The Northern Territory has today registered 37 new COVID-19 cases, which is the highest daily number during the pandemic.
- Health Minister Natasha Fyles says the growing number of COVID-19 cases is disappointing, but transmission is still low
- No new public health measures have been announced
- Prime Minister Michael Gunner said this morning that the current restrictions are working
There are 21 people in the hospital, but none in the intensive care unit, with the number of cases in the local outbreak now at 163.
There has now there have been more than 70 new cases of interstate arrivals and close contacts since the borders reopened last Monday.
The update came after Prime Minister Michael Gunner had highlighted possible changes to the isolation rules for frontline close contacts, but said the NT was on top of the risk posed by the Omicron variant behind exploding case numbers between the state.
It also followed today’s emergency meeting of the National Cabinet, where Prime Minister Scott Morrison said the new definition of national close contact would not apply to the NT or WA, and said they would make their own announcements in the coming days.
Territory Health Minister Natasha Fyles told reporters the number of cases recorded today was a “significant number” and contact tracing was now underway.
“So at the moment we are not introducing further public health measures, but people certainly need to take their circumstances into account.”
Of the new cases:
- eight are household contacts of a case reported Christmas day in Katherine
- eleven are interstate travelers
- ten are household contacts of domestic arrivals
- one is a nurse at the Royal Darwin Hospital
- two are U.S. Marines
- one works in a mining community on the Groote Eylandt
- four cases are under investigation
Mrs Fyles said two more cases were registered in persons attending the same Darwin birthday party as a nine-year-old girl who was identified as a case of transfer of society yesterday.
She said authorities assume arrivals between countries had Omicron and those linked to the local cluster had Delta.
Mrs Fyles said a worker at a quarantine facility in Howard Springs had also tested positive, but they were also a known contact person for an interstate traveler, so the source of their infection was under investigation.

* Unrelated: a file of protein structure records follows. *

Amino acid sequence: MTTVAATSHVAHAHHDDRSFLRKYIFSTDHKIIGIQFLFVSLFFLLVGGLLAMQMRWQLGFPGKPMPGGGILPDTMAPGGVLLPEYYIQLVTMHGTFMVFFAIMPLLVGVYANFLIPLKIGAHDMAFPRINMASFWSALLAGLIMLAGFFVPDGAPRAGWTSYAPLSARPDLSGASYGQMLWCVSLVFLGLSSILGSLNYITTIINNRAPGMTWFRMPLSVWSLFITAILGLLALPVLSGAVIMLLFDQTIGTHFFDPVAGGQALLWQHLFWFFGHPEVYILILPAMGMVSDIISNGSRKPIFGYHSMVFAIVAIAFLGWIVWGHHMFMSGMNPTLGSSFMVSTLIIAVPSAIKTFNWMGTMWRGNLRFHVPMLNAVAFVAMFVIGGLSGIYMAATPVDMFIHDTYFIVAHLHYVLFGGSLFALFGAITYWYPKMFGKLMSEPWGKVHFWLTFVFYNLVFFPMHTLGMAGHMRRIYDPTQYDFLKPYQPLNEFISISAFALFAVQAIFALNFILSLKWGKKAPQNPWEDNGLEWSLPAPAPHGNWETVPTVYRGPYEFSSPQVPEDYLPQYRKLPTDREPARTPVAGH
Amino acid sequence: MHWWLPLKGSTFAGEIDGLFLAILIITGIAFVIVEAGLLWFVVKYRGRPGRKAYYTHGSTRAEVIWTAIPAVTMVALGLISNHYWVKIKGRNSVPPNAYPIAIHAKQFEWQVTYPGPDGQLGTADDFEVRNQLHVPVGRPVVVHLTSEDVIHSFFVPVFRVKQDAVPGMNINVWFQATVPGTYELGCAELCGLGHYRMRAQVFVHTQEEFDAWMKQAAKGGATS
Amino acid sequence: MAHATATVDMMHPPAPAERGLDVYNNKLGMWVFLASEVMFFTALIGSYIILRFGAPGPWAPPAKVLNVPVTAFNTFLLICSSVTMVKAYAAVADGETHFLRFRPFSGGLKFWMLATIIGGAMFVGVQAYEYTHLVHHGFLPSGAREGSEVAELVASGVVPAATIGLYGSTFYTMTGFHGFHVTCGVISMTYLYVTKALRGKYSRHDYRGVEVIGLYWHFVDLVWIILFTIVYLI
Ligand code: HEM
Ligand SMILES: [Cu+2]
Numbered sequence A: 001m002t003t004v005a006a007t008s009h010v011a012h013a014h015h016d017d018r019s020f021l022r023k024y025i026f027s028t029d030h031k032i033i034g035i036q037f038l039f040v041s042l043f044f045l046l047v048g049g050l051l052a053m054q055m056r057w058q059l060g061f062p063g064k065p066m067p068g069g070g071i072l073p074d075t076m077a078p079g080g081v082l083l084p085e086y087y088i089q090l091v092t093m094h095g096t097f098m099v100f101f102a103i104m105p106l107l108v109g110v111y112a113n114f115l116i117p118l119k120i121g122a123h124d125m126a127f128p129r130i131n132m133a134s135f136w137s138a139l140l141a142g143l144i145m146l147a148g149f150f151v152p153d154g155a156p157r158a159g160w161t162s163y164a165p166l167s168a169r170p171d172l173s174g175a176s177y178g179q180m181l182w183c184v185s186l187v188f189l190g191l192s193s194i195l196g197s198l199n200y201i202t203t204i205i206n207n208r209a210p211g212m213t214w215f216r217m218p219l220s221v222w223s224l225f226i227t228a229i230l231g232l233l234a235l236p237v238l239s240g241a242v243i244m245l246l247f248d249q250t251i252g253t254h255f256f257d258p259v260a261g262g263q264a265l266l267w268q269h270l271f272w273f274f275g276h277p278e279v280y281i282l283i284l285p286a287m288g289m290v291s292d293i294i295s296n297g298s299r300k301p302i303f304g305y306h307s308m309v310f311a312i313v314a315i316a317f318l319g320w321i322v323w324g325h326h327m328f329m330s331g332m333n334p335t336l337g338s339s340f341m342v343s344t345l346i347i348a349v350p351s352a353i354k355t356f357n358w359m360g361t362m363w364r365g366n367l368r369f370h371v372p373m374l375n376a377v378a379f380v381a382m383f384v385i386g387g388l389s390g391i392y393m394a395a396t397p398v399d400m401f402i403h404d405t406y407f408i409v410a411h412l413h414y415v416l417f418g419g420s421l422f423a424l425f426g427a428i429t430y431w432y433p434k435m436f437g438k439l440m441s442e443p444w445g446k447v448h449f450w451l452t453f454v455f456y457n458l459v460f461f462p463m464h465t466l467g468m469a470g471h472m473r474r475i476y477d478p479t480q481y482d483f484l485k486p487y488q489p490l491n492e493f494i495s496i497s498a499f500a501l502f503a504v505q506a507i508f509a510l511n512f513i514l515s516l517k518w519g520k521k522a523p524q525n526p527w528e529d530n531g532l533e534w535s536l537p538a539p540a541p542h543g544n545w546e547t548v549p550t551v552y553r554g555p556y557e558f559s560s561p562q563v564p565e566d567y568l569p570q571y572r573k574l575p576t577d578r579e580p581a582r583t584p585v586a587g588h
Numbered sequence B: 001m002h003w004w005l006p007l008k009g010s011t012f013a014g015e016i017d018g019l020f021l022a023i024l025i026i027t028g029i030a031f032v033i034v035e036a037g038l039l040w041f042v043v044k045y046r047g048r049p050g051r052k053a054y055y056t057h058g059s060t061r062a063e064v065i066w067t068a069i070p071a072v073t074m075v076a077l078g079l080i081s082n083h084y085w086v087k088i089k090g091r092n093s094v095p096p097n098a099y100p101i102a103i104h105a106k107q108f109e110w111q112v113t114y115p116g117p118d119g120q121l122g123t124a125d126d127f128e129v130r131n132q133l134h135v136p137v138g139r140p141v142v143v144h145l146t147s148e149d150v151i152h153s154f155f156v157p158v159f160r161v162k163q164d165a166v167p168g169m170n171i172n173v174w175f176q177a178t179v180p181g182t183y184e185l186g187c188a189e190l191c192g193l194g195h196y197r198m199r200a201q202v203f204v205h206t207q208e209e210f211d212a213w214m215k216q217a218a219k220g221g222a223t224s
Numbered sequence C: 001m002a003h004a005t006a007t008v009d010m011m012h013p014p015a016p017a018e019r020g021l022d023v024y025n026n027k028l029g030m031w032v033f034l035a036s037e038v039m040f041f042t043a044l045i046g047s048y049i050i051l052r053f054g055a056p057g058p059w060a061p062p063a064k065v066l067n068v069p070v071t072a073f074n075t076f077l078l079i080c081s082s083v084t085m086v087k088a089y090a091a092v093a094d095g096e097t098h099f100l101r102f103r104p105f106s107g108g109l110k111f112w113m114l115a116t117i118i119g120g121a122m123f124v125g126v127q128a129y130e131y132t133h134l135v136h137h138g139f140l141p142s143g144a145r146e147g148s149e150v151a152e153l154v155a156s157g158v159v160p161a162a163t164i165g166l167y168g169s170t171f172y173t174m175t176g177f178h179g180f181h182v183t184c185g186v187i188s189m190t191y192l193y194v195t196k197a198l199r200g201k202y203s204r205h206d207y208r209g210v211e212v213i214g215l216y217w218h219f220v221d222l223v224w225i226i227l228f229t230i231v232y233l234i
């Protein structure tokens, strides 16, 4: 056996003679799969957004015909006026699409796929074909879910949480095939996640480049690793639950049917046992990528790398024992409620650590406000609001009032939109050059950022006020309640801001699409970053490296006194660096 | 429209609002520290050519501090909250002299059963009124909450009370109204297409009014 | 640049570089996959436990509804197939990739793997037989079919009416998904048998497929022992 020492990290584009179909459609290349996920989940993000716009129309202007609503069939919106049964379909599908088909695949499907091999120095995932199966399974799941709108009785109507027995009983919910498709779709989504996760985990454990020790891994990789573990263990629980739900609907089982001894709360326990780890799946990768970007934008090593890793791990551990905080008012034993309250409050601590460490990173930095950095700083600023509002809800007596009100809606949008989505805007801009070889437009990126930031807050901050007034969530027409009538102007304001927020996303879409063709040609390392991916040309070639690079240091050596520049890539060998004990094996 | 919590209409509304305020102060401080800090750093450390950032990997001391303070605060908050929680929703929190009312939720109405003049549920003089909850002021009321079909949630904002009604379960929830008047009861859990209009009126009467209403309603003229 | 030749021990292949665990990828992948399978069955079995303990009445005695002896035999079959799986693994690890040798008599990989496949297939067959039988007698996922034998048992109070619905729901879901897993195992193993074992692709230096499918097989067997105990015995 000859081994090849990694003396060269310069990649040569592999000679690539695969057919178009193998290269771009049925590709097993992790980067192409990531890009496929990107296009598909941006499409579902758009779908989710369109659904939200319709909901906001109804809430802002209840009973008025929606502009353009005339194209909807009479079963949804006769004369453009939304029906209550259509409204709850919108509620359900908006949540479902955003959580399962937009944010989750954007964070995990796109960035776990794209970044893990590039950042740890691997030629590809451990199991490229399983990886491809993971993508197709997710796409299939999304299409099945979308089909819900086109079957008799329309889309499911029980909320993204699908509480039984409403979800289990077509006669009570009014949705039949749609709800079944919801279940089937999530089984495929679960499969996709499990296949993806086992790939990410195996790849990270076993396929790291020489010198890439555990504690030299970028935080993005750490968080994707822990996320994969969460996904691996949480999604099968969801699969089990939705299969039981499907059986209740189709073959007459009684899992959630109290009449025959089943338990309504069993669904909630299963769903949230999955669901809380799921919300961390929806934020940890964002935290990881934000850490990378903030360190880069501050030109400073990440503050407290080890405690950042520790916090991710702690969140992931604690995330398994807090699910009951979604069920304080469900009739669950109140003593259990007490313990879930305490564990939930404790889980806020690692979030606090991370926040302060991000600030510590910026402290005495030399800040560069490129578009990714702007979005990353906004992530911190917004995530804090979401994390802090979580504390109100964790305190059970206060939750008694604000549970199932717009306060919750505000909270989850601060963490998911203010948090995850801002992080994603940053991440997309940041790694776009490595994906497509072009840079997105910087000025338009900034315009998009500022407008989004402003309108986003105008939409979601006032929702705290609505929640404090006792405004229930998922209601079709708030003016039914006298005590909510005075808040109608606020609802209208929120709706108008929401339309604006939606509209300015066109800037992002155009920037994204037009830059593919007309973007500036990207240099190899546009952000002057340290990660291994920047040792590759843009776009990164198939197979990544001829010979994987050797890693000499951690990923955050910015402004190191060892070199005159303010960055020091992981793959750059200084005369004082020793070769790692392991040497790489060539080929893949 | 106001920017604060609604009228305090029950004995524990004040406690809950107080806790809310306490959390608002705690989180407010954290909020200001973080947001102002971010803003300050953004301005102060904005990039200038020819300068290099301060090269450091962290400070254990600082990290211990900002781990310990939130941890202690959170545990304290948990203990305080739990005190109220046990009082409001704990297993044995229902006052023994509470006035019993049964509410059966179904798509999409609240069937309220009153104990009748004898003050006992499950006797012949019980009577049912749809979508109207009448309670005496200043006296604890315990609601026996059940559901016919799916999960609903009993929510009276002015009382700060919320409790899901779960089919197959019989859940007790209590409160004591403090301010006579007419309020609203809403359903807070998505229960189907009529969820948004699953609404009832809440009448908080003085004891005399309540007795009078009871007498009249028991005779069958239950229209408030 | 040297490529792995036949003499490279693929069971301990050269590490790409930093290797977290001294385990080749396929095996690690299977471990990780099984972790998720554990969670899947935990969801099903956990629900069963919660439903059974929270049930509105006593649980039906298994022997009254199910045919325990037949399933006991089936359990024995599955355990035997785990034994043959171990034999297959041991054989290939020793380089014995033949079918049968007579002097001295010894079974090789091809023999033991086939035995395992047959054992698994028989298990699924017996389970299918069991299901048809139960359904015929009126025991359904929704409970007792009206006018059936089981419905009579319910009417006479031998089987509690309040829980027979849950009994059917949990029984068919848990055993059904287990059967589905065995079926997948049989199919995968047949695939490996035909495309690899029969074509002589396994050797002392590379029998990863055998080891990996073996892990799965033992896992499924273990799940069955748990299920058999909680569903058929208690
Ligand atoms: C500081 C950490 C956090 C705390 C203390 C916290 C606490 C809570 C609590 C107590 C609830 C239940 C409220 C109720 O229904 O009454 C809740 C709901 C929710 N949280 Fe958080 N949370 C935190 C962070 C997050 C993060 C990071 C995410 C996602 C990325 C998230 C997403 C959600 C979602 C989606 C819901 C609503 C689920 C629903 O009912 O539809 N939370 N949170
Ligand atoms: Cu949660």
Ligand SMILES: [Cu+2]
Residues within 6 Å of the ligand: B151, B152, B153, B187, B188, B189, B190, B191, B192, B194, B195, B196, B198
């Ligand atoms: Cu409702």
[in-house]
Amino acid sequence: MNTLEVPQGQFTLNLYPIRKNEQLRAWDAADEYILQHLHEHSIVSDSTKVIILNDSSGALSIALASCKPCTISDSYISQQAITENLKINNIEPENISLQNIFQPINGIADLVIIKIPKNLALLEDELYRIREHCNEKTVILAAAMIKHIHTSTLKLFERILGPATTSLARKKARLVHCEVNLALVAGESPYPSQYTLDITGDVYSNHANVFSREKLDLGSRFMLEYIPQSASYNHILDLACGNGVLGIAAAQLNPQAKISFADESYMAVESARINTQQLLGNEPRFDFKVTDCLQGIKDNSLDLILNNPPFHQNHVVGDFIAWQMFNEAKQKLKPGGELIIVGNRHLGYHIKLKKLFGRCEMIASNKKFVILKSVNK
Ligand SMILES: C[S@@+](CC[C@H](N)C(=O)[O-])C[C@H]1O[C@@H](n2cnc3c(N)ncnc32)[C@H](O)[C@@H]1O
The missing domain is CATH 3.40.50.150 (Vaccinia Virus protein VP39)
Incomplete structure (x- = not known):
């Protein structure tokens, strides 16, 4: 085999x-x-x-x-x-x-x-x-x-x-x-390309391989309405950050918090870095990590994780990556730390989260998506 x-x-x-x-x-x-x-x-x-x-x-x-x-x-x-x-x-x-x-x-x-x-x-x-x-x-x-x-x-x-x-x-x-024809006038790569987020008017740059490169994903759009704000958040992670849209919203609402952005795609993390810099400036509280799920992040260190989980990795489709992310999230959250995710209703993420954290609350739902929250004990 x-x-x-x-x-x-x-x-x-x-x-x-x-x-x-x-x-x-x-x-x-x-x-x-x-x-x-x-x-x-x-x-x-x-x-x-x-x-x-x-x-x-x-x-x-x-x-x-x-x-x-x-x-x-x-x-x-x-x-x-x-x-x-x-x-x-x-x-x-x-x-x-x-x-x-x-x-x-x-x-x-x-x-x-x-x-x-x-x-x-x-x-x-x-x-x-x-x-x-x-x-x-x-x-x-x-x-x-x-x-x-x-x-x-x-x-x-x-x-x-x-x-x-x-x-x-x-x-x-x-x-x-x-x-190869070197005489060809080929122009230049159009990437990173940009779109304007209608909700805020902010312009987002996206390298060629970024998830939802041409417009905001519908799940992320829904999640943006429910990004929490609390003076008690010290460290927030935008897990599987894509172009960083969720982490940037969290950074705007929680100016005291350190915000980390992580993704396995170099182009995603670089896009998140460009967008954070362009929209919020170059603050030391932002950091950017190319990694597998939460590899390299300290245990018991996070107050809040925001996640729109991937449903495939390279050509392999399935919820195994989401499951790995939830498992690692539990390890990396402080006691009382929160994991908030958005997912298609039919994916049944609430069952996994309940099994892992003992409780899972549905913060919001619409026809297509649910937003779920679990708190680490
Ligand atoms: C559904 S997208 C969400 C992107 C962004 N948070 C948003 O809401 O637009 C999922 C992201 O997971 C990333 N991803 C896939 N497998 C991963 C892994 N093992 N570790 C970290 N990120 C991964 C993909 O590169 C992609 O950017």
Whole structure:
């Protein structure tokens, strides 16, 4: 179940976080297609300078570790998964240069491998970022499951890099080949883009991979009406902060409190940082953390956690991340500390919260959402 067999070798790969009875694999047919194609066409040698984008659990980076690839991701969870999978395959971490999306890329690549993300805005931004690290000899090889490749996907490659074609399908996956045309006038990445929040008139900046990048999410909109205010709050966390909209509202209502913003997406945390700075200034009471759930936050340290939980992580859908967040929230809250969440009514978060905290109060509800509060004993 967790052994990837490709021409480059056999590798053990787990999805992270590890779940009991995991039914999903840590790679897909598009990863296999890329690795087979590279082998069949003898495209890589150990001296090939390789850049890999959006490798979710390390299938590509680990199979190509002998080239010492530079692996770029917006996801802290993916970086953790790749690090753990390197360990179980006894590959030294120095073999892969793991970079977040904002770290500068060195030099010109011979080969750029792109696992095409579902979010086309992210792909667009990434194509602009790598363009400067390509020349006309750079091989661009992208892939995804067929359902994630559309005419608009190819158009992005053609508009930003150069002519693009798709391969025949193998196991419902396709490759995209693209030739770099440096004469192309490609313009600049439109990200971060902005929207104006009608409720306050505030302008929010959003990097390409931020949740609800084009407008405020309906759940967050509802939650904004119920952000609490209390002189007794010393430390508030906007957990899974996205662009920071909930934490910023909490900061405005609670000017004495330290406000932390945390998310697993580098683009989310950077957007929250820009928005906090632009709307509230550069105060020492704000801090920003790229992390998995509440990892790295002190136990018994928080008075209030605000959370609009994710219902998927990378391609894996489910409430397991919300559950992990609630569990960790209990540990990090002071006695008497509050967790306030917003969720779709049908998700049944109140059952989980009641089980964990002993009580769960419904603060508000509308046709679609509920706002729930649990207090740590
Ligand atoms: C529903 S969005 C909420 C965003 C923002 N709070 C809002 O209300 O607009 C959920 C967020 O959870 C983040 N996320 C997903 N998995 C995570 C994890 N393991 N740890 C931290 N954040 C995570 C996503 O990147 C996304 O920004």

New exposure sites have been listed on Territory Government website for coronavirus, including a Christmas Day service at Darwin 7th Day Adventist Church in the CBD.
Across the territory, Ms Fyles said, contact tracers had identified 454 close contacts, 407 of whom had been reached and isolated.
She said there had also been a “significant increase” in the number of tests, 3,600 tests compared to about 1,600 yesterday.
She said authorities were still waiting for updated wastewater test results for Nhulunbuy in northeastern Arnhem Land.
More than 800 tests in the city conducted since Saturday have all yielded negative results.
Insulation rules for tight contacts in the front line may change
Previously, i his first public appearance since taking leave in mid-December, Mr Gunner rejected repeated calls from Aboriginal health groups for an indoor mask mandate, saying the territory’s current public health measures are working at this stage.
He said frontline staff such as nurses, police officers as well as supermarket workers could potentially continue to work under a daily test regime “or something like that”.
“For me, it’s about maintaining services and being practical about it as opposed to maybe changing the definition.”
He said the territory would continue with the demand for a negative PCR test from interstate and overseas arrivals, which has been dropped in some other states due to pressure on the nation’s test systems.
Sir. Gunner said Northern Territory authorities were monitoring the situation in other states and would change local public health settings if the number of cases increased rapidly.
“We have a low risk of intrusion and we are able to stay on top of it [and] our society’s transmission speed is on the floor. ”
Take action now to prevent NSW situation, says Alice Springs doctor
Sir. Gunner said he would seek advice on why Alice Springs residents were notified via text that they are close, low-risk contacts when no exposure points for the city have been listed.
Alice Springs-based physician John Boffa of the Central Australian Aboriginal Congress Health Service said the NT should not wait for major community transfers to impose stronger public health measures.
He said the latest daily rate of new cases in the territory was comparable to hundreds of cases in New South Wales on a per capita basis.
“[We have to] be at the forefront of this epidemic in the territory because [the hospital system] can not handle it. “
He said that without stronger restrictions, the northern territory could see more than 250 daily cases in a matter of days.[which] equivalent to 10,000 cases per day in New South Wales “.
He reiterated the call for a mask mandate for indoor environments as well as for large gatherings and the introduction of a vaccine passport system.
He said authorities should list all known public exposure sites so residents can take appropriate precautions.
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